Abstracts should include a full title, a 300-word description of the paper, and the institutional affiliation of the presenter. Papers will be accepted in Spanish, Portuguese, and English. Please direct your enquiries and abstract submissions to email@example.com
Social and Cultural Geographies from the Underside of Modernity
Deadline for receipt of abstracts is January 30th.
Confirmations and a full program will be made available in February. A selection of revised papers presented at the conference will be published in the new UO-based online journal Periphērica: Journal of Social, Cultural, and Literary History in 2017/18.
The conference fee ($50 for faculty, $25 for graduate students) will include light breakfast and lunches on Friday and Saturday; a conference dinner ($45) on Friday will be available for those wishing to attend. Presenters will need to be members of the LALISA association at lalisa.org in order to attend the conference and the business meeting on Saturday, April 15th.
May 4th, 2016 5:00 p.m. Straub 156
Film Viewing: Ayotzinapa: Crónica de un crimen de estado
On April 27, 6-8:00 pm in Straub Hall 145, UO Sociology Professor Michael Dreiling will screen his revelatory documentary, A Bold Peace, on the impact of Costa Rica’s radical choice of national disarmament. Hors d’oeuvres and refreshments. Comments and a Q&A will follow the film.
www.aboldpeace.com – trailer & press kit
TRT: 105 minutes
English, Spanish with English Subtitles
More than 60 years ago, Costa Rica became one of the only nations in the world to disband their military and to redirect national resources towards education, health, and the environment. Since then, Costa Rica has earned the number one spot in the Happy Planet Index, a ranking of countries based on the ecological footprint to behind the happiness and health of its citizens.
A Bold Peace juxtaposes the national policy of demilitarization (since 1948-49) with their investment in education, health, and the environment. Pointed parallels and contrasts are made with recent U.S. debates over the national debt, healthcare, the environment, and the escalating cost of U.S. militarism. The film builds from historical footage leading to the 1948 revolution and extensive interviews of former presidents, officials and scholars from the University of Costa Rica, Costa Rican government officials and ambassadors, leaders of major national co-operatives, and journalists and citizens of Costa Rica. Unfortunately, the Costa Rican example has received very little international attention. This documentary film brings attention to Costa Rica’s inspirational national project, answering why happiness, health, and human rights occupy a relatively prominent place in this Central American country.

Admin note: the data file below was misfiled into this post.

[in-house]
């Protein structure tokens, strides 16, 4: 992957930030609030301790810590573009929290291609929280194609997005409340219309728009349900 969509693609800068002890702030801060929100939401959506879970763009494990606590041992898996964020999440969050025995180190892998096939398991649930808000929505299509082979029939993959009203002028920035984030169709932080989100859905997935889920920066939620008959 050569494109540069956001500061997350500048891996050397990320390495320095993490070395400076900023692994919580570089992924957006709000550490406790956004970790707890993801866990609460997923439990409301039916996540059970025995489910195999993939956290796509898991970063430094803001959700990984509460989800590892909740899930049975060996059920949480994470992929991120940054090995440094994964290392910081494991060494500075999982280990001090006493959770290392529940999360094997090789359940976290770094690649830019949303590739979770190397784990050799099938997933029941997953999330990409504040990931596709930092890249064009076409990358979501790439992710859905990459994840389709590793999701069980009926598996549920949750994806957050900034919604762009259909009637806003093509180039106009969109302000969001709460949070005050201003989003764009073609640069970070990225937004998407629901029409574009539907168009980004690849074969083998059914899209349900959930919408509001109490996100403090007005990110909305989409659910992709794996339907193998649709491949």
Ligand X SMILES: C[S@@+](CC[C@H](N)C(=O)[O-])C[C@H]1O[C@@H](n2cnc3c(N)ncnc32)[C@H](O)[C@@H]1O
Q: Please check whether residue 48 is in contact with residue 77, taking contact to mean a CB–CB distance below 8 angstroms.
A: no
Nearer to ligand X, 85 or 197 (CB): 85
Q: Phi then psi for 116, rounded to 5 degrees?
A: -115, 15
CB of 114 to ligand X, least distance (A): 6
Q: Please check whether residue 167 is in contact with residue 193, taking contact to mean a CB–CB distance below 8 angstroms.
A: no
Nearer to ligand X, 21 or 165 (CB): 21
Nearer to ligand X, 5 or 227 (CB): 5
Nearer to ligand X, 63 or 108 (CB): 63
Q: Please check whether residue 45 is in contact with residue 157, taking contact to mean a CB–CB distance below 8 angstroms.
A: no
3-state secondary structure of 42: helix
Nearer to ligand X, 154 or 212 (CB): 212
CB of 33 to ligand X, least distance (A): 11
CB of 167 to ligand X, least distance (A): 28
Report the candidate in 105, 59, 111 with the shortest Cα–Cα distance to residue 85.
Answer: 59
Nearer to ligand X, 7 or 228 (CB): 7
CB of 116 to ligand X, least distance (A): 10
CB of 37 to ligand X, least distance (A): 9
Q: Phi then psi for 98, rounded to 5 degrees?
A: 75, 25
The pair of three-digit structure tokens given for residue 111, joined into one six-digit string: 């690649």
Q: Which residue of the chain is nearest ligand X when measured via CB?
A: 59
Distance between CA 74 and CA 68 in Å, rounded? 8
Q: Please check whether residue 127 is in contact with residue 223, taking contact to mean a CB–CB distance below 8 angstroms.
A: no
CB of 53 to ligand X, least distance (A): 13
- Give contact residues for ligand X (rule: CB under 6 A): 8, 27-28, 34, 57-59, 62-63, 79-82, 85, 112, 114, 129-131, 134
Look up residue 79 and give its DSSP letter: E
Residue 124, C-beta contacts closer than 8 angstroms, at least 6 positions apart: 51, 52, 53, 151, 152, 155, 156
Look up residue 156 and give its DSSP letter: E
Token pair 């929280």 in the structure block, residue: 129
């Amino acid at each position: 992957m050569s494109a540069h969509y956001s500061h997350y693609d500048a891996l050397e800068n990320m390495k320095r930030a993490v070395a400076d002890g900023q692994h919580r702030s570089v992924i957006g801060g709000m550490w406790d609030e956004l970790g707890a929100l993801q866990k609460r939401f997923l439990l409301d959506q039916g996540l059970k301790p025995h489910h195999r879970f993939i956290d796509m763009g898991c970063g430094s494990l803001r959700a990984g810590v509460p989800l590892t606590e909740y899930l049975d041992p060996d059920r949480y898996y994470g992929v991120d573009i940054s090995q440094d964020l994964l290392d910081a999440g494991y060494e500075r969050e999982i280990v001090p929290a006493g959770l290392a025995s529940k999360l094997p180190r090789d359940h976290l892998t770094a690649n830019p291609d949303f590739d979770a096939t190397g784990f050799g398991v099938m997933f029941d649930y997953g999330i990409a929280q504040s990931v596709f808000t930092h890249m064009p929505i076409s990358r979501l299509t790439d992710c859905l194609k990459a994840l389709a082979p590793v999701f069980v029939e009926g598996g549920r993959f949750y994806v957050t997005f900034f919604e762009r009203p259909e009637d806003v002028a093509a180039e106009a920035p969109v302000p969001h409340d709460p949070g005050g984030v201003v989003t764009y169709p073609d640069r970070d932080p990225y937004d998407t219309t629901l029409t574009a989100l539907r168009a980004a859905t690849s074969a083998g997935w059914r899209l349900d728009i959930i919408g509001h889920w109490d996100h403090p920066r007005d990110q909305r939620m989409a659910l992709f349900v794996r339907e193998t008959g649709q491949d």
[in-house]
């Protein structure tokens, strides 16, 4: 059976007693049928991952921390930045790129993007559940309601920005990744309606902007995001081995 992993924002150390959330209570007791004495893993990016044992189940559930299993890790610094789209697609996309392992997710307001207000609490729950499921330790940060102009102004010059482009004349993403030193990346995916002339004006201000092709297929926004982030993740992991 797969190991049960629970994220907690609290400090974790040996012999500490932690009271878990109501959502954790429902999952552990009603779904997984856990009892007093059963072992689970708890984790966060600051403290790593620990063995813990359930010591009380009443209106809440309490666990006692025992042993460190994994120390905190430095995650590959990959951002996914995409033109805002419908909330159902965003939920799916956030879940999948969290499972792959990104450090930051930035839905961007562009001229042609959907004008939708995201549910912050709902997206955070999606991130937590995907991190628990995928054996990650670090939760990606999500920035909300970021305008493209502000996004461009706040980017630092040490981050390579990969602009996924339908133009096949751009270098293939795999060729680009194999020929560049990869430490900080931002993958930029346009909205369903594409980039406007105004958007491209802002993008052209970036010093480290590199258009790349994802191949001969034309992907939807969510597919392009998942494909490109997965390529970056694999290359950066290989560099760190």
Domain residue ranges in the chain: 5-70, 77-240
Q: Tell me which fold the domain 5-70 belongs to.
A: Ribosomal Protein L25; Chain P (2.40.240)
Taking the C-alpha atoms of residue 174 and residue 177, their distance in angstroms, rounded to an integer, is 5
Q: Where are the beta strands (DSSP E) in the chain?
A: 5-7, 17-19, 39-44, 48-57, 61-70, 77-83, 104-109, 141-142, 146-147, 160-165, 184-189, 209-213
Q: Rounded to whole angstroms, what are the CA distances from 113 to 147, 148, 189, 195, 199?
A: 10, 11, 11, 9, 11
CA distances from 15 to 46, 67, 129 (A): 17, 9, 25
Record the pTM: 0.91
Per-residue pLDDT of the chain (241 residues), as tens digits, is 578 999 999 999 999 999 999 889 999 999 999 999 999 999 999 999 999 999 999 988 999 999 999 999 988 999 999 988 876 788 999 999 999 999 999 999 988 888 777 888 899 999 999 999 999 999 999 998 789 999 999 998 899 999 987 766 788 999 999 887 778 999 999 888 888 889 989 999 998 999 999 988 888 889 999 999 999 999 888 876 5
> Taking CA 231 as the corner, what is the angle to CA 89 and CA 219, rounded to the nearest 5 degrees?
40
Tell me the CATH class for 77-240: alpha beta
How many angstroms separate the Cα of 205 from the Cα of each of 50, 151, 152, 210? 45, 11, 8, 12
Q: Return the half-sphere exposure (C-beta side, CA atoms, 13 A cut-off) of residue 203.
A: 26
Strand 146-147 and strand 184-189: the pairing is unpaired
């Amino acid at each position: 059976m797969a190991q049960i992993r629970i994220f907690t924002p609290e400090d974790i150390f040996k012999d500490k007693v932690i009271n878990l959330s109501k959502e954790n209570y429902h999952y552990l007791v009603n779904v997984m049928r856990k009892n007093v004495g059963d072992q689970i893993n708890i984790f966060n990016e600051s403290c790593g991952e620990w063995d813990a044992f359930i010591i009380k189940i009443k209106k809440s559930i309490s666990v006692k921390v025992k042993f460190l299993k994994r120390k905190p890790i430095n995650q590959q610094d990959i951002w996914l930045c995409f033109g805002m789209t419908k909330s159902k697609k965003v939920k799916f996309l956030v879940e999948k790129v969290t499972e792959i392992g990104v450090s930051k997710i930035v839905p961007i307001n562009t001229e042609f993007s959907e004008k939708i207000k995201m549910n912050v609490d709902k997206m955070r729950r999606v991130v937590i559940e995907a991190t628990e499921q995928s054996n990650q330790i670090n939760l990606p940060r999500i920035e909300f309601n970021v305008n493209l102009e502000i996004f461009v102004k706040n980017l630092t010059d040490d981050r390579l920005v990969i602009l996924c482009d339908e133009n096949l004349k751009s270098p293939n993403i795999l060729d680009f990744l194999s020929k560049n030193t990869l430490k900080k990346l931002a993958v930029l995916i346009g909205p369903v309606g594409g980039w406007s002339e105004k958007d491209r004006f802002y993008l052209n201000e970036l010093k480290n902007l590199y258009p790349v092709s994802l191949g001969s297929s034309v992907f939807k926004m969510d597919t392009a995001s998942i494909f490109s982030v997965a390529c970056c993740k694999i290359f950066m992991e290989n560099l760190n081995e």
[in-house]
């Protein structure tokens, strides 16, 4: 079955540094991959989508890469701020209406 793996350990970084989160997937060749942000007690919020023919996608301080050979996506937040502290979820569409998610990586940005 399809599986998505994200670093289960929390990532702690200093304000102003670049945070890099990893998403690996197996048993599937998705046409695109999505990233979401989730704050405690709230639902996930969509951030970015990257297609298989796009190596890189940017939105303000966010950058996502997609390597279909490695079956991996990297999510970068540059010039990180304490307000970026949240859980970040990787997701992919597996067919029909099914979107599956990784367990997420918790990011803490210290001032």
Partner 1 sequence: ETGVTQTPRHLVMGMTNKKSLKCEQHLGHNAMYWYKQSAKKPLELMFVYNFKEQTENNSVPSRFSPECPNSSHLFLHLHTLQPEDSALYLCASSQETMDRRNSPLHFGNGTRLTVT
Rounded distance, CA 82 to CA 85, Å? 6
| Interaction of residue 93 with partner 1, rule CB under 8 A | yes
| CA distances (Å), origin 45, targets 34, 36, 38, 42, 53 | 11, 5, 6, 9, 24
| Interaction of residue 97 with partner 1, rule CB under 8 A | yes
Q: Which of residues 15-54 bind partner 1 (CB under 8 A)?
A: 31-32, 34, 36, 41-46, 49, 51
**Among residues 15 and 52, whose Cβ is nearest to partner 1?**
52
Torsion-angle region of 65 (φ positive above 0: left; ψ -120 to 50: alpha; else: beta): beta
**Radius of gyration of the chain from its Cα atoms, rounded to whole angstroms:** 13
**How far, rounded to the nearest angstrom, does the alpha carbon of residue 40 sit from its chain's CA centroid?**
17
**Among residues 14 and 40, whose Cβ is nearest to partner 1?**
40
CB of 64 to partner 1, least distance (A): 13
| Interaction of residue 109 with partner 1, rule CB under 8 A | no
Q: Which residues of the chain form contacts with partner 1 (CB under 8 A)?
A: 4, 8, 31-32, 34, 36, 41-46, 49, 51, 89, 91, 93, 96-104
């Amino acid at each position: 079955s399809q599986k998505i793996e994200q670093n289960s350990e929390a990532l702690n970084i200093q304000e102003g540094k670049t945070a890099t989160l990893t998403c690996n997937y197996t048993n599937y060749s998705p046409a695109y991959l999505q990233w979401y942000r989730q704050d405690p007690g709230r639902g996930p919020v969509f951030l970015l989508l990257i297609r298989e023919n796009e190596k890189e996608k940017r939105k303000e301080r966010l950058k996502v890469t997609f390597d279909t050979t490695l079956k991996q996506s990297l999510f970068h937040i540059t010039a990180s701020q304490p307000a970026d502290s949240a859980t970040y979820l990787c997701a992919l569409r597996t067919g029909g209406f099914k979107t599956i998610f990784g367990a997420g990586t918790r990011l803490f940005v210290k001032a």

Sponsored by: Latin American Studies, College of Arts & Sciences, International Studies, Political Science, Sociology, Global Justice Program, History, and the Crossings Institute
Monday, April 18th, RL, LAS and Translation Studies will host Brazilian Poet Salgado Maranhão and translator Alexis Levitin on our campus. We will have a Brown Bag @ 12pm at the Mills International Center and a public bilingual reading/discussion at 4:30pm at the Browsing Room in the Knight Library. I hope you can join us for some of these event! Find below a short bio on both Salgado Maranhão and Alexis Levitin.
Salgado Maranhão won the prestigious Prêmio Jabuti in 1999 with Mural of Winds. In 2011, The Color of the Word won the Brazilian Academy of Letters highest poetry award. In 2014, the Brazilian PEN Club chose his recent collection, Mapping the Tribe, as best book of poetry for the year. In 2015 the Brazilian Writers Union gave him first prize, again for The Color of the Word. His newest book is Opera of Nos, launching in September in Rio de Janeiro. In addition to ten books of poetry, he has written song lyrics and made recordings with some of Brazil’s leading jazz and pop musicians. His work has appeared in numerous magazines in the USA, including Bitter Oleander, BOMB, Cream City Review, Dirty Goat, Florida Review, Massachusetts Review, and Spoon River Poetry Review. Here in the USA, he is represented by two bilingual collections of poetry: Blood of the Sun (Milkweed Editions, 2012) and Tiger Fur (White Pine Press, 2015).
Alexis Levitin’s thirty-nine books of translation include Clarice Lispector’s Soulstorm and Eugenio de Andrade’s Forbidden Words, both from New Directions. Recent books include Salgado Maranhão’s Blood of the Sun (Milkweed Editions, 2012), Eugenio de Andrade’s The Art of Patience (Red Dragonfly Press, 2013), Ana Minga’s Tobacco Dogs (The Bitter Oleander Press, 2013), Santiago Vizcaino’s Destruction in the Afternoon (Diálogos Books, 2015), Sophia de Mello Breyner Andresen’s Exemplary Tales (Tagus Press, 2015) and Salgado Maranhão’s Tiger Fur (White Pine Press, 2015). In 2012, Levitin and Maranhao completed a three month reading tour of the USA, visiting over fifty colleges and other institutions. In tre spring of 2016, they will be reading from Blood of the Sun and Tiger Fur in the Northeast, the Midwest, and the West Coast.
Professor Emeritus of Spanish Juan Epple has just published the article “El microcuento en los Estados Unidos” (microfiction in the United States) in the journal Quimera 386, Barcelona, January 2016. This article describes the evolution of US microfiction from nineteenth century writers Mark Twain, Ambrose Bierce, Kate Chopin to modern and contemporary authors Ernest Hemingway, Patricia Highsmith and Lydia Davis
3rd National Symposium on Spanish as a Heritage Language
“What do we value more: our commitment to justice or our fear of the law?”